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When one is blind one learns to use Braille to read. When one cannot walk, a wheelchair gives mobility. Sign language allows a mute person to speak and ocular implants assist in hearing when one is deaf. These are all compensatory strategies that help a person function despite his disability. But compensatory strategies are not just for physical problems. Understanding our psychological weaknesses and setting up our lives to ensure that we are not tempted to repeat our past mistakes, is as necessary as any aid to the disabled.

Well spouses have often discovered that their friends and relatives, despite their closeness to the situation, often don’t realize the tremendous emotional impact living with chronic illness has on the family. With the best intentions, suggestions, ideas and criticism are offered, based on the non-experience of those with healthy families. Even when the good intentioned get a taste of the difficulties, it is sometimes not enough for them to then identify and understand what the family of the chronically ill must face on a constant basis.

Over the past two weeks I have shared letters from a therapist and a well spouse. Both of the letters gave personal insights into the process of losing hope, how we react when that happens and some ways of coping when test scores, diagnosis and just simple repetitive behavior indicate that change for the better is impossible.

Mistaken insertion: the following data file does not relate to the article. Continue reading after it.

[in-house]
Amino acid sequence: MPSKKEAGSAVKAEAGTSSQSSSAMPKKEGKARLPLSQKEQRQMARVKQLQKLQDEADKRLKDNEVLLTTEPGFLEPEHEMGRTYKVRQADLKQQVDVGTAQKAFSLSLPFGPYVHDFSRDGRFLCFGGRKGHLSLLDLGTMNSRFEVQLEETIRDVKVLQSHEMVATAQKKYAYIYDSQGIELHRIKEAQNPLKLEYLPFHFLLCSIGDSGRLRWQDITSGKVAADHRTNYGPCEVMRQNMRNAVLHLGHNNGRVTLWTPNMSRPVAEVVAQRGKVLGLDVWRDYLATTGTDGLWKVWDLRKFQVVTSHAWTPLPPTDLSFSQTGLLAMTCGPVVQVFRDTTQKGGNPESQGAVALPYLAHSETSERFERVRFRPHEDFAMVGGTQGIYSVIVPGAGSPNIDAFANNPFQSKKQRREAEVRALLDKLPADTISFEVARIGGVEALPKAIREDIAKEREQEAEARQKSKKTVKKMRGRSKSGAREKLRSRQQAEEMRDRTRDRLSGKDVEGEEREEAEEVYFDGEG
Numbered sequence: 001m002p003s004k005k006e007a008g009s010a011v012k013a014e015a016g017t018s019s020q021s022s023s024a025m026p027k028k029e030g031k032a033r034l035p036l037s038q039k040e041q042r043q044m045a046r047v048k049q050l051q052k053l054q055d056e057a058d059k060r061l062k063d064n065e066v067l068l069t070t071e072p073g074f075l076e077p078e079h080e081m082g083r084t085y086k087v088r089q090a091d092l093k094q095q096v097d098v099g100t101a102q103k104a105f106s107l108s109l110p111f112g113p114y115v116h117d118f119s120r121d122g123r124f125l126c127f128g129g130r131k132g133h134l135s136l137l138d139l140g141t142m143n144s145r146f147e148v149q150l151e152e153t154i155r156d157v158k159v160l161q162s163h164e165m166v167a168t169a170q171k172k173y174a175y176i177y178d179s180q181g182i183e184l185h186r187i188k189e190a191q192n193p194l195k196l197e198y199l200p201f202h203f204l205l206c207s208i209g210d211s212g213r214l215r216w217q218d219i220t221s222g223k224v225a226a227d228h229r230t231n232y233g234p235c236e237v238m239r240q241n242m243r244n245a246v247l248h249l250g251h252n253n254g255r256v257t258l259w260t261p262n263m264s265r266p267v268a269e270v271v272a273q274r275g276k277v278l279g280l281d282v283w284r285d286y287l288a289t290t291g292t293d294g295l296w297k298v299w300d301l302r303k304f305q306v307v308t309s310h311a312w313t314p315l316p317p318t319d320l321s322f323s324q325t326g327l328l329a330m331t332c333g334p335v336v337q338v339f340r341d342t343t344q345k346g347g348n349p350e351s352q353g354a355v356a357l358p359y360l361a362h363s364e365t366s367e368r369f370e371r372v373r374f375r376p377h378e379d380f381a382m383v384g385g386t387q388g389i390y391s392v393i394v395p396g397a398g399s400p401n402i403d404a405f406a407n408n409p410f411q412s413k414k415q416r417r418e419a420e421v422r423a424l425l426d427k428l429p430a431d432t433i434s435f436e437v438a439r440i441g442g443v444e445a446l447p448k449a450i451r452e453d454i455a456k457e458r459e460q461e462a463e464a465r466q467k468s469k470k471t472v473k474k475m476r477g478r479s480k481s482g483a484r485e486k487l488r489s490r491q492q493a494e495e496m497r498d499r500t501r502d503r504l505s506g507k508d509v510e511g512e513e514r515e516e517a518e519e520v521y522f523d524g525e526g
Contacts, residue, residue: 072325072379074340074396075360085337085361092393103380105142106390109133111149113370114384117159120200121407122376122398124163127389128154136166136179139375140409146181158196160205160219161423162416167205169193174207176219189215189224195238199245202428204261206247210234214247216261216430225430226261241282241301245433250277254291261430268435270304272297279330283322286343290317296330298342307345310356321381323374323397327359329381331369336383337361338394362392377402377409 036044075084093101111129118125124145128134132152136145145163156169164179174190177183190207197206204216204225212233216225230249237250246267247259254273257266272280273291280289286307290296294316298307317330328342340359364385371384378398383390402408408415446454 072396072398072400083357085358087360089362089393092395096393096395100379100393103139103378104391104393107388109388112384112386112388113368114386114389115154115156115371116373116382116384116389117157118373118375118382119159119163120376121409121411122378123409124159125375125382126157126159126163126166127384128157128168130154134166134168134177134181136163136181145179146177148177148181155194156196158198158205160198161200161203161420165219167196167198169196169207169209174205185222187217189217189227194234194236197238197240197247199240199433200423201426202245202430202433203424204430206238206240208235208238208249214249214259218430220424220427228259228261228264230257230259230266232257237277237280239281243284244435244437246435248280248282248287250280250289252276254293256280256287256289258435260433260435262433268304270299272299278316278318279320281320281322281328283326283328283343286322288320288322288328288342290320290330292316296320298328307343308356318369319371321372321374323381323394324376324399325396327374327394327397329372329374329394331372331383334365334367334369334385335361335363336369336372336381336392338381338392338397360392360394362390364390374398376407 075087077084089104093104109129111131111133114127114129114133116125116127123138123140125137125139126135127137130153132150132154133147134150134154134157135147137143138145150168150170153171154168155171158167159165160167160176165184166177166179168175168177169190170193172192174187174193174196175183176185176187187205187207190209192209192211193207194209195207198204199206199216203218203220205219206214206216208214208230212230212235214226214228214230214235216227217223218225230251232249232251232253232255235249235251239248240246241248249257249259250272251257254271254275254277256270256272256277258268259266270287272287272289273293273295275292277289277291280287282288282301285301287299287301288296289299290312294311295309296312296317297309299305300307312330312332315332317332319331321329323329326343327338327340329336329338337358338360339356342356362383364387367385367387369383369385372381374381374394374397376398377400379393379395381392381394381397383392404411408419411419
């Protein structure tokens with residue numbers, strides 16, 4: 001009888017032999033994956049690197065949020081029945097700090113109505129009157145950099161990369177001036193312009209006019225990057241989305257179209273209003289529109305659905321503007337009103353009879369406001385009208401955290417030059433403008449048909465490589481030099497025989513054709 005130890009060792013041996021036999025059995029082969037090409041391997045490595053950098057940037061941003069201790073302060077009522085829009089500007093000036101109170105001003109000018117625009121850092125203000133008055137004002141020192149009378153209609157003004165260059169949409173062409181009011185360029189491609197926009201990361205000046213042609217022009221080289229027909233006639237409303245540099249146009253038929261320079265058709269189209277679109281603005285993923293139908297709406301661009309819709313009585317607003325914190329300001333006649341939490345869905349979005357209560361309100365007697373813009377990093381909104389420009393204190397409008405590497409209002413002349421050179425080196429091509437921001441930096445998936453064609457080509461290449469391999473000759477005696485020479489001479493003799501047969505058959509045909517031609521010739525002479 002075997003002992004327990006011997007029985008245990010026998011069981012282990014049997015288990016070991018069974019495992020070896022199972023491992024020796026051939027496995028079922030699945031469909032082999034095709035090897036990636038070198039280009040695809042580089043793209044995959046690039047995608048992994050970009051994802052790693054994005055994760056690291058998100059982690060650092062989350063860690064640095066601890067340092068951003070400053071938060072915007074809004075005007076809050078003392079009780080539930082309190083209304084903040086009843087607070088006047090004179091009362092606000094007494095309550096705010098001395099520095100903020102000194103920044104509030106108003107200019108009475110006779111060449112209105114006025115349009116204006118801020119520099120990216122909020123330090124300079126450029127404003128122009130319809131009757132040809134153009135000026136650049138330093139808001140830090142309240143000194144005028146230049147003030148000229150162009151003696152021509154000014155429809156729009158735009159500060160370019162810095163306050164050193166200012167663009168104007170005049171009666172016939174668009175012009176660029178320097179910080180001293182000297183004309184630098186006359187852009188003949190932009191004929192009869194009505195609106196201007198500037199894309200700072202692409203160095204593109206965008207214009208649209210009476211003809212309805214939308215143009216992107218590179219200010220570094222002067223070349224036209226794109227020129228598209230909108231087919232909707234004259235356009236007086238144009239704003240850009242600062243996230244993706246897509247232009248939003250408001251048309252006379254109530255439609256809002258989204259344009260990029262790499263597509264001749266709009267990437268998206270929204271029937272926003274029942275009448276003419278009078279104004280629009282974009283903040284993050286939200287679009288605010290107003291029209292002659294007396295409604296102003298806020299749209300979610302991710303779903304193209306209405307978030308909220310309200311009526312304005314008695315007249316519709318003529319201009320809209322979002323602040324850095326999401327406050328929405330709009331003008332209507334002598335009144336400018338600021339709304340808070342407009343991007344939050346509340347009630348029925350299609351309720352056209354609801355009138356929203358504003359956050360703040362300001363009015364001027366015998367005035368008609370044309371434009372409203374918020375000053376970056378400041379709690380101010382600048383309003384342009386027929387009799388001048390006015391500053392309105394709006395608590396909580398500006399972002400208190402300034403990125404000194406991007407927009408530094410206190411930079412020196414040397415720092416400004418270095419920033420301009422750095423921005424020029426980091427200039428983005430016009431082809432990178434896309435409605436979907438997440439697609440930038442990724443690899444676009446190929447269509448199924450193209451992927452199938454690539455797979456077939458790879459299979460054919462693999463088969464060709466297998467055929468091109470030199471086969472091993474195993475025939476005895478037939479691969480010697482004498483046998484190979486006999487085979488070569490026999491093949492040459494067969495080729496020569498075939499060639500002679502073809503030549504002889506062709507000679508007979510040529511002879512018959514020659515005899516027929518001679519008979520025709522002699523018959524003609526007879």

Dear Ann,

I’ve read your last few articles on psycho-neurological testing (Oct.8-22) with interest. As a therapist who has counseled couples dealing with chronic illness, I’d like to give you another perspective.

Dear Ann,

Your articles on the Neuro-Psychological Testing were right on (October 8-22). My husband underwent testing twice and your articles explained it things exactly the way they were. Besides the test, we also tried therapy.

Very often when we can’t face our big hurts or big loses we focus on the little ones. We can discuss those. We can cry over the small loses, be angry at the smaller hurts even though it may look trite and sound ridiculous to others.

Over the last two weeks we have been discussing one way in which well spouses can determine whether behavior displayed by their ill partners is caused by their illness or is a way they have chosen to act. We have focused on Psycho-Neurological testing, what it can tell us, as well as its pros and cons.

Last week I discussed a question that haunts many well spouses: not knowing if the difficult and often inappropriate behavior frequently displayed by their partners are caused by the disease and therefore not-controllable, or if the behavior is a choice the spouse makes and can therefore be changed. This doubt can be the source of much frustration and many marital disagreements. One way of alleviating this doubt is by having a psycho- neurological work up done. But that path is not so simple.

Printed from: http://www.jewishpress.com/sections/magazine/distorted-reality/2007/04/18/